People practice yoga in Xuyong County, southwest China's Sichuan Province, Aug. 8, 2018, the National Fitness Day. (Xinhua/Li Xin)
by Xinhua writers Yao Yuan, Zhang Yizhi, Yao Yulin and Liu Bo
BEIJING, Feb. 4 (Xinhua) -- Like many Chinese ahead of the Lunar New Year, Zhu Da's resolution for the Year of the Pig is to stop "pigging out" and to finally get thin.
The 24-year-old office worker is determined to hit the gym and lower his body fat rate to 18 percent. For him, the upcoming Spring Festival, usually a time to overindulge, is no warrant for a truce with fat cells.
"I always gain some pounds after a festival or holiday, so I have decided to keep exercising during this holiday," said Zhu, a resident of Haikou city in south China.
The pig has long been a symbol of wealth in many parts of China, but for a growing number of Chinese now flush with higher disposable incomes, images of chubby pigs used to celebrate the new year only serve as a reminder to watch waistlines.
China's per capita disposable income in 2018 reached 28,228 yuan (4,165 U.S. dollars). By 2020, the figure is expected to double from 2010 levels as China becomes more prosperous.
As memories of hunger and malnutrition fade, a richer Chinese population faces a spike in obesity, diabetes and other lifestyle diseases in the coming decades.
On China's popular social media platforms such as Sina Weibo and WeChat, "losing pounds in the Pig Year" is trending, but for industries from sports to catering, greater attention to health and fitness is the order of the day.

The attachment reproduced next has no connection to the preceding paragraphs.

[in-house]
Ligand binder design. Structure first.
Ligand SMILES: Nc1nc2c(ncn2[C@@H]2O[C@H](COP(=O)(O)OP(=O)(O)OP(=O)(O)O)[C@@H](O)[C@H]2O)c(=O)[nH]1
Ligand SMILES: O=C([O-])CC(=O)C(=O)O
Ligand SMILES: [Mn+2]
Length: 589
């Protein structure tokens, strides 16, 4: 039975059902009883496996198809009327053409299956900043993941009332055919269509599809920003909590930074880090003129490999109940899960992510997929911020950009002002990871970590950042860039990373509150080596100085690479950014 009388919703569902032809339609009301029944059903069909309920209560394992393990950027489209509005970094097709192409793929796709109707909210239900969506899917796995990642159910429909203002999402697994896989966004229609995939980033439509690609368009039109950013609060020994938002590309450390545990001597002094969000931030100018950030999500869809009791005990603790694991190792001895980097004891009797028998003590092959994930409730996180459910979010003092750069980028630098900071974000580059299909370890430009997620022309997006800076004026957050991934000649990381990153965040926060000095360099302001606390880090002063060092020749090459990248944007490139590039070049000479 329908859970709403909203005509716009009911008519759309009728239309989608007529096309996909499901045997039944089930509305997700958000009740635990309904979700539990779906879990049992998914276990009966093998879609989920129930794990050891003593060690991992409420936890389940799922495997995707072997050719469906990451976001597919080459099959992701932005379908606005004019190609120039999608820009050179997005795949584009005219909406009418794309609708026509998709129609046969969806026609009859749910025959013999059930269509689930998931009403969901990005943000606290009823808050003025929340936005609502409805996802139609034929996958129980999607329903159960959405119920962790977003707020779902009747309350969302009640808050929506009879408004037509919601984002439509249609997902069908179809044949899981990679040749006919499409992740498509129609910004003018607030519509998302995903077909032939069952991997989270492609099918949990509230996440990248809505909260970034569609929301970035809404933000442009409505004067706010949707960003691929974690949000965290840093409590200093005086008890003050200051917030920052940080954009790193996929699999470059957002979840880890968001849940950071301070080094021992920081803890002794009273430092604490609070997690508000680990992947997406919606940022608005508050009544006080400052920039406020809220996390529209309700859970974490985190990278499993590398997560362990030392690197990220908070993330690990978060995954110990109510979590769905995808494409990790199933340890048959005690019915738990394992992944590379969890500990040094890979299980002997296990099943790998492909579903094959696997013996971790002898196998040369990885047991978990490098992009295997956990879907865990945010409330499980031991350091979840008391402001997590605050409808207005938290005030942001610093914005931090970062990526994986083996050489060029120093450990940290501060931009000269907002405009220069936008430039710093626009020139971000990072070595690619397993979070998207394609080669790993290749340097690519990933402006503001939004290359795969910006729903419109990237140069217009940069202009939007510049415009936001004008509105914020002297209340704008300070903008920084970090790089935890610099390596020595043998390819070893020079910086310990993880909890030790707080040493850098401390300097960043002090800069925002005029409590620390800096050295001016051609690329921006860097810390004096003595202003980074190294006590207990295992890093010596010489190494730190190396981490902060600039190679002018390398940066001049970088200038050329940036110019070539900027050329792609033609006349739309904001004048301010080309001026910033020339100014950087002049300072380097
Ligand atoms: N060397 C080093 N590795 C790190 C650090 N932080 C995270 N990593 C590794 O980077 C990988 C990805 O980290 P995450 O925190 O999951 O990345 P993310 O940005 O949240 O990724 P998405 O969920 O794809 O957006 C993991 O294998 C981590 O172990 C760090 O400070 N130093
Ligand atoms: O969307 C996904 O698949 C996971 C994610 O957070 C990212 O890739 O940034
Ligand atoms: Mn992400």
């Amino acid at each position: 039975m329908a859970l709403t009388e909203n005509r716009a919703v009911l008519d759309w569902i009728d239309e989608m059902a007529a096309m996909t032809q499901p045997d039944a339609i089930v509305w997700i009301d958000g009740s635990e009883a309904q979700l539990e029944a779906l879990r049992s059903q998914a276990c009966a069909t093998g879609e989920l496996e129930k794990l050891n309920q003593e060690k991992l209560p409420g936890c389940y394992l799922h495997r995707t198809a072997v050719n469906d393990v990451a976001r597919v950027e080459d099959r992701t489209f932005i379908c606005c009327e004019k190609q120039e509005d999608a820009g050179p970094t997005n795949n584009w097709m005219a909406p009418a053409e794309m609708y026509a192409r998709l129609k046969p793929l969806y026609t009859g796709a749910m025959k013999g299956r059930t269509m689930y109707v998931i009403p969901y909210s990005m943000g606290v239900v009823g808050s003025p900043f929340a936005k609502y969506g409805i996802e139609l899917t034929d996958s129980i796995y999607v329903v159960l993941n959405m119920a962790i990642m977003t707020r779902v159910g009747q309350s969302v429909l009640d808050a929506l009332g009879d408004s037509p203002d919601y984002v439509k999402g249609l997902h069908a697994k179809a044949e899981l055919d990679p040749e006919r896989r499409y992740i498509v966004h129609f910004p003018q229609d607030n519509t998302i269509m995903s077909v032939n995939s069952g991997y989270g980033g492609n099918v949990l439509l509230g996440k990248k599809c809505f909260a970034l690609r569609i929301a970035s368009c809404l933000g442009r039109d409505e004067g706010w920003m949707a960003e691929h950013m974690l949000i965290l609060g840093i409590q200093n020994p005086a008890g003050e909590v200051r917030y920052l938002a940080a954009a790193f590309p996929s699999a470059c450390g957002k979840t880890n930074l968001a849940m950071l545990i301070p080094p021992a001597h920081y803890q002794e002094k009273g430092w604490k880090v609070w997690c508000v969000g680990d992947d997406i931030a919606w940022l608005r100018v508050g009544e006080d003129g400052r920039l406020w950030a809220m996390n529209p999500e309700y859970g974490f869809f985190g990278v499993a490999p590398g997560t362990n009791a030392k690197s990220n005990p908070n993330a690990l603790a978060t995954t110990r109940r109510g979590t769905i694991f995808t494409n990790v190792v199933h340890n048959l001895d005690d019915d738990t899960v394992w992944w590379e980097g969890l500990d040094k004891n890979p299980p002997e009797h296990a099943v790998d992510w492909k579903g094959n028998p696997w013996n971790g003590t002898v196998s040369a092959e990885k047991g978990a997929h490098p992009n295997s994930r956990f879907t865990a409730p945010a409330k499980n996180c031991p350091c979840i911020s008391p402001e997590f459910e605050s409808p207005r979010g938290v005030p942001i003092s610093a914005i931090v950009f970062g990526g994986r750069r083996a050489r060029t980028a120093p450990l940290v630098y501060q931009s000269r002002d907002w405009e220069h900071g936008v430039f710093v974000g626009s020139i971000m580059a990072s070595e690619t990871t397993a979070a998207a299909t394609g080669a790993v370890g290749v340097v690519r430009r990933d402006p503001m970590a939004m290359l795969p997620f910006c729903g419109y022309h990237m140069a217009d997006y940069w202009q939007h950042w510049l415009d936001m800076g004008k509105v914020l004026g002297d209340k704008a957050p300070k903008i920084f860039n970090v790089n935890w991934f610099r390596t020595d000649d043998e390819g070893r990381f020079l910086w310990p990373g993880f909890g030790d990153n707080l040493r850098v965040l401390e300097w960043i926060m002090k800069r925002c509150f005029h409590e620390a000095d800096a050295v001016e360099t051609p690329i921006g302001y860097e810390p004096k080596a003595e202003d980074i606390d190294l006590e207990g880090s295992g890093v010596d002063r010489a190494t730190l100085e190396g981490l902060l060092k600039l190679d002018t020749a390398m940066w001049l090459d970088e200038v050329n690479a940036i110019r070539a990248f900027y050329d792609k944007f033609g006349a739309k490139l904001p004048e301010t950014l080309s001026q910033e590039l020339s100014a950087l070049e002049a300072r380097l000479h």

RUN, PIGGY RUN
On the first Sunday of the year, Li Jingyi, wearing her pink workout clothes, finished her first marathon, in five hours and 44 minutes, in the coastal city of Xiamen in southeast China's Fujian Province.
Li is one of China's health-savvy middle class that is taking up running. According to the Chinese Athletics Association, China hosted 22 running events in 2011, but the number soared to 1,102 in 2017 and is estimated to reach 1,300 in 2018.
Li started running in 2016, initially to lose weight. "As time went by I began to love running, and I've completed half-marathons in many cities," she said.
As many as 435 million Chinese will regularly engage in sports and physical exercise by 2020, with the country's sports and fitness consumption estimated to exceed 1.5 trillion yuan (223 billion U.S. dollars), according to the National Bureau of Statistics.